BATON ROUGE, LA (WAFB) - Federal officials are taking a new approach to fighting the heroin and opioid epidemic by publicly pleading for families to pay attention to the drugs that are claiming lives every day.
According to DEA Assistant Special Agent in Charge Brad Byerley, more than 50,000 people have died from overdoses nationwide in the last two years. For comparison, he says 58,000 U.S. service members died during the Vietnam War.
"We realize we have to let the public know," said Byerley.
The 20-year veteran investigator says of all the drugs he's dealt with, he's never seen anything take hold like heroin or opioids.
"The addiction in and of itself, how quickly someone can become addicted, and then at that point their life completely revolves around the opioid addiction," said Byerley.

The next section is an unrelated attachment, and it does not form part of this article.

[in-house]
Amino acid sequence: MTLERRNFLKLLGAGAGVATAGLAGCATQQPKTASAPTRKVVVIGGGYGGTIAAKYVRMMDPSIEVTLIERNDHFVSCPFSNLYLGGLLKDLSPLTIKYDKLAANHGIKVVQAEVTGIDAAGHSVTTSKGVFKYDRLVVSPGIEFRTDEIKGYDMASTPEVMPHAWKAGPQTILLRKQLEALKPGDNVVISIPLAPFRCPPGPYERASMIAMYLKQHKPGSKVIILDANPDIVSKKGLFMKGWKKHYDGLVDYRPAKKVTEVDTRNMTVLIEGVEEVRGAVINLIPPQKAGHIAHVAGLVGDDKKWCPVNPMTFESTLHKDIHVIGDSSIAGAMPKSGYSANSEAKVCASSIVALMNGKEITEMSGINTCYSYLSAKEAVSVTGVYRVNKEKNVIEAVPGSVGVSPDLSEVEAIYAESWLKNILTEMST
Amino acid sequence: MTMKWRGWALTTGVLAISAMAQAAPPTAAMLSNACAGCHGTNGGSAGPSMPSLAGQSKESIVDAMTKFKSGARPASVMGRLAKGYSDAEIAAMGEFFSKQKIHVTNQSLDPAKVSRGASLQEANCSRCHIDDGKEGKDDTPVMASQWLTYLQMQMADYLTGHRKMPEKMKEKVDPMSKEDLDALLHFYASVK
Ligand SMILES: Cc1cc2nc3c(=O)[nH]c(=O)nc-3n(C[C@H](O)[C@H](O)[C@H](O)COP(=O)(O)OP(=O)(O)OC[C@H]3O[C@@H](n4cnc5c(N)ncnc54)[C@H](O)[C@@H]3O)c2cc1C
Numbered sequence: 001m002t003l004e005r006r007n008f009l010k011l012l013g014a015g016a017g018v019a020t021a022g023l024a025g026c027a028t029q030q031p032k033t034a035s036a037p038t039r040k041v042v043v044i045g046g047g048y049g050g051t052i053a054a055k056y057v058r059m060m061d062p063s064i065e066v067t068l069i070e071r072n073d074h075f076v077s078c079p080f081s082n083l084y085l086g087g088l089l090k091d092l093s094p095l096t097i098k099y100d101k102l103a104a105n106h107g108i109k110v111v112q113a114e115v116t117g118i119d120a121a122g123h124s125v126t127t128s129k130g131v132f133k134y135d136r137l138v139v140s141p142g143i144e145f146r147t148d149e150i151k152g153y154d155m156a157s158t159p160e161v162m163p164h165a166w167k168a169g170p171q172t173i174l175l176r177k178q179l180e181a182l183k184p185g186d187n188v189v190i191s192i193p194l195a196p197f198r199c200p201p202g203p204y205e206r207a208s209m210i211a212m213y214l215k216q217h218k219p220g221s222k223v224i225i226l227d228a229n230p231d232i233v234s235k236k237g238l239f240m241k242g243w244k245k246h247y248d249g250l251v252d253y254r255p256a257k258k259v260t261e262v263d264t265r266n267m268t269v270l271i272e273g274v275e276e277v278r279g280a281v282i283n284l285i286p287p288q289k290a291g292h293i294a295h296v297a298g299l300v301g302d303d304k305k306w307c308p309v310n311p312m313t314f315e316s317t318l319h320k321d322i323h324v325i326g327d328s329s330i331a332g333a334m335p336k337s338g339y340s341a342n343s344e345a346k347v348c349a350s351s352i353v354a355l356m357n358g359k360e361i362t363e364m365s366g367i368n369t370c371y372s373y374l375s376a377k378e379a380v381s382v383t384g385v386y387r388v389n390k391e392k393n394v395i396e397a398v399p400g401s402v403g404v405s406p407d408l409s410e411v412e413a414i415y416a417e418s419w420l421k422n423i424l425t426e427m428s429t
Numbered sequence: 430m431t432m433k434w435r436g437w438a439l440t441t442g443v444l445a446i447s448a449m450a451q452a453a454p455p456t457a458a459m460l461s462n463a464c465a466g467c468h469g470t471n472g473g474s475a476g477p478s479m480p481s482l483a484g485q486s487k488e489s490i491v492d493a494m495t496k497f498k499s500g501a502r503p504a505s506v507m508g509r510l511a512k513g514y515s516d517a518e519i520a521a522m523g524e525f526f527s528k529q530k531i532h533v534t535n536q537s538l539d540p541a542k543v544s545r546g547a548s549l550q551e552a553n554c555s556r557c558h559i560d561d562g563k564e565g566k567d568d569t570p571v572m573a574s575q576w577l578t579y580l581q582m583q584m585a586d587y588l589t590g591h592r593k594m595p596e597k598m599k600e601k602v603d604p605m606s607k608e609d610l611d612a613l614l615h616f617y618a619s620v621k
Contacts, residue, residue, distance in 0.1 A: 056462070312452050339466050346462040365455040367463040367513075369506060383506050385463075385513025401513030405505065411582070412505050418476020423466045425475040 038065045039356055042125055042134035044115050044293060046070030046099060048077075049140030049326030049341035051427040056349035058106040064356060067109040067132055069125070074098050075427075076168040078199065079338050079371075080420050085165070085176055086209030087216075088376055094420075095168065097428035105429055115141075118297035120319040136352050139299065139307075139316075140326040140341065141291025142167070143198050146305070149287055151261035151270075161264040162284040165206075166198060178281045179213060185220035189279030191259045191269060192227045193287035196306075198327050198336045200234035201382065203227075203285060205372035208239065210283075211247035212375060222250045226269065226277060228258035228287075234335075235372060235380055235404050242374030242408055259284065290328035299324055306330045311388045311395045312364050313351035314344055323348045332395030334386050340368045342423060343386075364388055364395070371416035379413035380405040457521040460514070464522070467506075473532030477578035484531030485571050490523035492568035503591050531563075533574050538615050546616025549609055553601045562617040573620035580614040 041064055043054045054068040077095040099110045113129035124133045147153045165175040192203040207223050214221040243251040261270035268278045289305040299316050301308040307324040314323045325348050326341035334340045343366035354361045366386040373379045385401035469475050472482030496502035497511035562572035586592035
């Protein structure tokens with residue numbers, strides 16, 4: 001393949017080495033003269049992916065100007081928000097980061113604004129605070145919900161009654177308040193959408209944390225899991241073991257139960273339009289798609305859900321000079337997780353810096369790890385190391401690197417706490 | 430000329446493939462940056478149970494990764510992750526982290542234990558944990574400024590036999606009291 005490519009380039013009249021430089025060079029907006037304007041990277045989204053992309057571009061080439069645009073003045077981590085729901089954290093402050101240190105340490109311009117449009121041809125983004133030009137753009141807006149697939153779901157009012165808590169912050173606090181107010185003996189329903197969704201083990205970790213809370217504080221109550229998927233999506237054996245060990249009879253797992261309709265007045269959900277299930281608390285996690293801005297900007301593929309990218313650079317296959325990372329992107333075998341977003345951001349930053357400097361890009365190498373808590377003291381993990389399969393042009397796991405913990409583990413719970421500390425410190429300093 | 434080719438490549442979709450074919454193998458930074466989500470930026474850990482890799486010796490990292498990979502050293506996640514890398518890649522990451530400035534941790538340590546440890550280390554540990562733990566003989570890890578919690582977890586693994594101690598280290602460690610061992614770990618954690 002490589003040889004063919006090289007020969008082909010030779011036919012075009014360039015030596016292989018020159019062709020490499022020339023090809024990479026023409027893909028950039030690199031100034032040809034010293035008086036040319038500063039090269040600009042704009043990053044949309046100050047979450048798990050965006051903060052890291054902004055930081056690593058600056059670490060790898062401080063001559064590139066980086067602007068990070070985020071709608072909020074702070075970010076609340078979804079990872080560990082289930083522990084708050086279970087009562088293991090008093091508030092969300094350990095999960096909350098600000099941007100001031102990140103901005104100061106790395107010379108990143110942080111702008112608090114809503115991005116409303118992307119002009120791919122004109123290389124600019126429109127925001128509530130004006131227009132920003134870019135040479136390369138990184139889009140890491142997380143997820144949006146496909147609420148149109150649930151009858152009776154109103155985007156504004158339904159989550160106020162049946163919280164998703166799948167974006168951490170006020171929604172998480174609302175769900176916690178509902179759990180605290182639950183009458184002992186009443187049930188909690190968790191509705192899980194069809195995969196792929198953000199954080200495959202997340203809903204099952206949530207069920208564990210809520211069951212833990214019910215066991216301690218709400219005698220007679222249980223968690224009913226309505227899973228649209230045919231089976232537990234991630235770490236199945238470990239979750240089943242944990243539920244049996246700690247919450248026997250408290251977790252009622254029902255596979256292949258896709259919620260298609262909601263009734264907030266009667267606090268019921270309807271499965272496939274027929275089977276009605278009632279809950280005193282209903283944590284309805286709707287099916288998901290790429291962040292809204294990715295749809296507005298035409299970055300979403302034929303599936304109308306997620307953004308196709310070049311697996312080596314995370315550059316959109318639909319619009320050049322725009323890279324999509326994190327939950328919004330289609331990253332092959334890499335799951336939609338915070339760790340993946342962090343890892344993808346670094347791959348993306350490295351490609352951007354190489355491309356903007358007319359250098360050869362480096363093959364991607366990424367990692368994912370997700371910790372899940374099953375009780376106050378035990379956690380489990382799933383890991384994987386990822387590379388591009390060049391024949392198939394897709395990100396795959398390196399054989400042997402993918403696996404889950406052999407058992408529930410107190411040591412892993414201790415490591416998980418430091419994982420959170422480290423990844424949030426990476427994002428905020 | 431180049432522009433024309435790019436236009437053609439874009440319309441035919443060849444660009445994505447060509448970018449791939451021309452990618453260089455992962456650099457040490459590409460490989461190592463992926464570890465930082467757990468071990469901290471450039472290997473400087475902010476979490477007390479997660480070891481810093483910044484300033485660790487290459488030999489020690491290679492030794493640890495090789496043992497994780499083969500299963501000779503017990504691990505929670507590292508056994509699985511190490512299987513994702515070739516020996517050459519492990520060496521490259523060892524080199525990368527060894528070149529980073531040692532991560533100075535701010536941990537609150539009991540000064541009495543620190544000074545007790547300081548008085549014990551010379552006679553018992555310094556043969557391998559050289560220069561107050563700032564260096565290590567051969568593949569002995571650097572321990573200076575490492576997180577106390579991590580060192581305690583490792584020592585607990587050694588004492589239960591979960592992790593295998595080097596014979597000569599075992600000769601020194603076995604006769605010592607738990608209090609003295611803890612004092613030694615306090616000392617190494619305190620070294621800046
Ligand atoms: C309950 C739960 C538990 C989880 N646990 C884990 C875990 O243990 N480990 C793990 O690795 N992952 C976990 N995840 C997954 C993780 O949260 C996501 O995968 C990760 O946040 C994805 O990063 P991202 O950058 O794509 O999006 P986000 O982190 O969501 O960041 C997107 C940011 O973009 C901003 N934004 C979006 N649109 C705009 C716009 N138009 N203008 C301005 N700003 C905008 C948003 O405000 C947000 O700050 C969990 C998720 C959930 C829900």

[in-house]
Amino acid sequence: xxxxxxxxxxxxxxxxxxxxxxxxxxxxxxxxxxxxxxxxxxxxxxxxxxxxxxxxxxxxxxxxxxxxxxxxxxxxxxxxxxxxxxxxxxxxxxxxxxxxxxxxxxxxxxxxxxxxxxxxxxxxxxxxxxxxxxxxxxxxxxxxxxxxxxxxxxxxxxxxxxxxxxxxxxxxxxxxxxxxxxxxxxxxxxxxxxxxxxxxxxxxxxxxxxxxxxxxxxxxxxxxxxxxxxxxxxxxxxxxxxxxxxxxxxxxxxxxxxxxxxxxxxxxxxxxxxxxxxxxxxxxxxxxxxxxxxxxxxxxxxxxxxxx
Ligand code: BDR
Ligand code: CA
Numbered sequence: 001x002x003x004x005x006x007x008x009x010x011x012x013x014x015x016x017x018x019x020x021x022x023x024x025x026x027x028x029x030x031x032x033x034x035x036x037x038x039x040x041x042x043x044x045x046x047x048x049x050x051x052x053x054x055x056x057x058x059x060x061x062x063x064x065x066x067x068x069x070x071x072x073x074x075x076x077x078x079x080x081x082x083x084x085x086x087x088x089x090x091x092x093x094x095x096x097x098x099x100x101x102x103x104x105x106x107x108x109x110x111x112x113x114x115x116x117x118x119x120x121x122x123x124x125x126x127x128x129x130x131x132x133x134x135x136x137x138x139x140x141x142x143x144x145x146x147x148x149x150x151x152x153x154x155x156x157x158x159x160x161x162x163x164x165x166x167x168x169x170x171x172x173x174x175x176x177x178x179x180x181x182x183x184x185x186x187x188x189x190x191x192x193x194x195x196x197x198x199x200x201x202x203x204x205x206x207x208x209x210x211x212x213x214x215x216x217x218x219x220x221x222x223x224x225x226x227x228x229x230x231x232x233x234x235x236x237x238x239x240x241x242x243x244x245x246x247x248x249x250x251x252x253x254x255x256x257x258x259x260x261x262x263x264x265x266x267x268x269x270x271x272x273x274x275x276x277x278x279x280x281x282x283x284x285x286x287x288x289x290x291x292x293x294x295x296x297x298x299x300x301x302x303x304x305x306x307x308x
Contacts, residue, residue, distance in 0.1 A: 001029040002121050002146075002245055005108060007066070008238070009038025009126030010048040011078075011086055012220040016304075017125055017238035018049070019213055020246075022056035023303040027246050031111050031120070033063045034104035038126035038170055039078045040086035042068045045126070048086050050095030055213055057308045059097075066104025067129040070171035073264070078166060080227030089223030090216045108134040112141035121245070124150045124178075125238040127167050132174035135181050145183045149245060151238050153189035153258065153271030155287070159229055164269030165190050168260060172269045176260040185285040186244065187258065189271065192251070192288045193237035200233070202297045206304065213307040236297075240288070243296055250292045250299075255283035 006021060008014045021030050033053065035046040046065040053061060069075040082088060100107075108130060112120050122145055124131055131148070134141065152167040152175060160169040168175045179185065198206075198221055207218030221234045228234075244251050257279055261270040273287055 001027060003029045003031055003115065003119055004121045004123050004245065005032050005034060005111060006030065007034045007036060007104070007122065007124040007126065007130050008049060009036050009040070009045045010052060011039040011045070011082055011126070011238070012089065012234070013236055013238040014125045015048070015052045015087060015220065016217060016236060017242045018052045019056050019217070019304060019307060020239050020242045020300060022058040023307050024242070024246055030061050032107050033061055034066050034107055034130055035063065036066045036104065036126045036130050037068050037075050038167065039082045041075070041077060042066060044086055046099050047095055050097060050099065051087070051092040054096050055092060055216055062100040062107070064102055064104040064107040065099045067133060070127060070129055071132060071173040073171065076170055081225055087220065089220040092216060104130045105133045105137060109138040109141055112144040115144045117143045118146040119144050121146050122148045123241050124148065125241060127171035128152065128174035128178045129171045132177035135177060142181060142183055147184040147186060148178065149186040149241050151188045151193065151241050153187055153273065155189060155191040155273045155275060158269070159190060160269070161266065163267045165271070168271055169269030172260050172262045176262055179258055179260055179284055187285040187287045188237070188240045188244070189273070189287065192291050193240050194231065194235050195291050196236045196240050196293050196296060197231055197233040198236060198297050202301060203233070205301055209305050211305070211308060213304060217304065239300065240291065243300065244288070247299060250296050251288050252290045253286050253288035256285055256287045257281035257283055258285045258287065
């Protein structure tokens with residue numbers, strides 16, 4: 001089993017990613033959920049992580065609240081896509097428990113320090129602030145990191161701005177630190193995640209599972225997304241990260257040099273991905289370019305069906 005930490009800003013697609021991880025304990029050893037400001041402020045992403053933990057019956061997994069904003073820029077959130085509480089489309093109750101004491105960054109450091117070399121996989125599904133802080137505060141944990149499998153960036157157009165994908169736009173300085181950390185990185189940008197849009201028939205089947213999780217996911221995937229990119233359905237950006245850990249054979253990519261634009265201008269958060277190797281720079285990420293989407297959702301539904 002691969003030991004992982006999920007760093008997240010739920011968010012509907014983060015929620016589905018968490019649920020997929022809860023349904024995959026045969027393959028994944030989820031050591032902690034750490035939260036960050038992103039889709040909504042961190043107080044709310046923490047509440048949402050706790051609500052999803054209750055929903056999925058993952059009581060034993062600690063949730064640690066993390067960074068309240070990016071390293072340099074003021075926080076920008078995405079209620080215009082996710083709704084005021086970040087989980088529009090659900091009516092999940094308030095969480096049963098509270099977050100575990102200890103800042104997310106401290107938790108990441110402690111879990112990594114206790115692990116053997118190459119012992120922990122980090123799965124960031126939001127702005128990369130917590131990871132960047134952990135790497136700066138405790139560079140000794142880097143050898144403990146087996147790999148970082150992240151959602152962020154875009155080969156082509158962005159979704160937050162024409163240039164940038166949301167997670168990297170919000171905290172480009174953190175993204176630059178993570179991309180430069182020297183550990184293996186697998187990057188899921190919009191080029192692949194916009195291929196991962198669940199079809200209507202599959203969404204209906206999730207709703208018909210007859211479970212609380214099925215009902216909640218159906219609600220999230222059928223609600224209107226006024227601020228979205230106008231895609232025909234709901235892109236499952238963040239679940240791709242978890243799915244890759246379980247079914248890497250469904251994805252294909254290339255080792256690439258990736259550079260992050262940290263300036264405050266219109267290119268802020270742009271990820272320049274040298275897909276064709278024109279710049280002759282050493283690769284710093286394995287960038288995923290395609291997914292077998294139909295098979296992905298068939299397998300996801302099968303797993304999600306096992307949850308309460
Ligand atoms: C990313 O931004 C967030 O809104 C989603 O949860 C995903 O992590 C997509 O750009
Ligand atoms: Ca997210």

Like law enforcement, doctors are having to change the way they approach opioids. Addiction specialist and former medical examiner, Dr. Louis Cataldie, explains addiction is a chronic illness with no quick fix.
"It's biological, psychological, spiritual, from the aspect of you violate your values systems, disease," said Cataldie. "When you reach a point of addiction, your neurophysiology has changed so much that you've got to be in this for the long term. Short term therapy is not going to work."
This is why agencies like the DEA are hoping to reach people at risk before they start using. Bylerly says parents can start by getting rid of unused prescription drugs through a drug take back program, and by talking to kids early about the dangers of opioids.
Among the tools the DEA is sharing with the public, is a documentary published in 2016 called Chasing the Dragon. It documents the effects and dangers of an opioid addiction.
If you are a loved one is struggling with addiction, you can reach out to these organizations for help: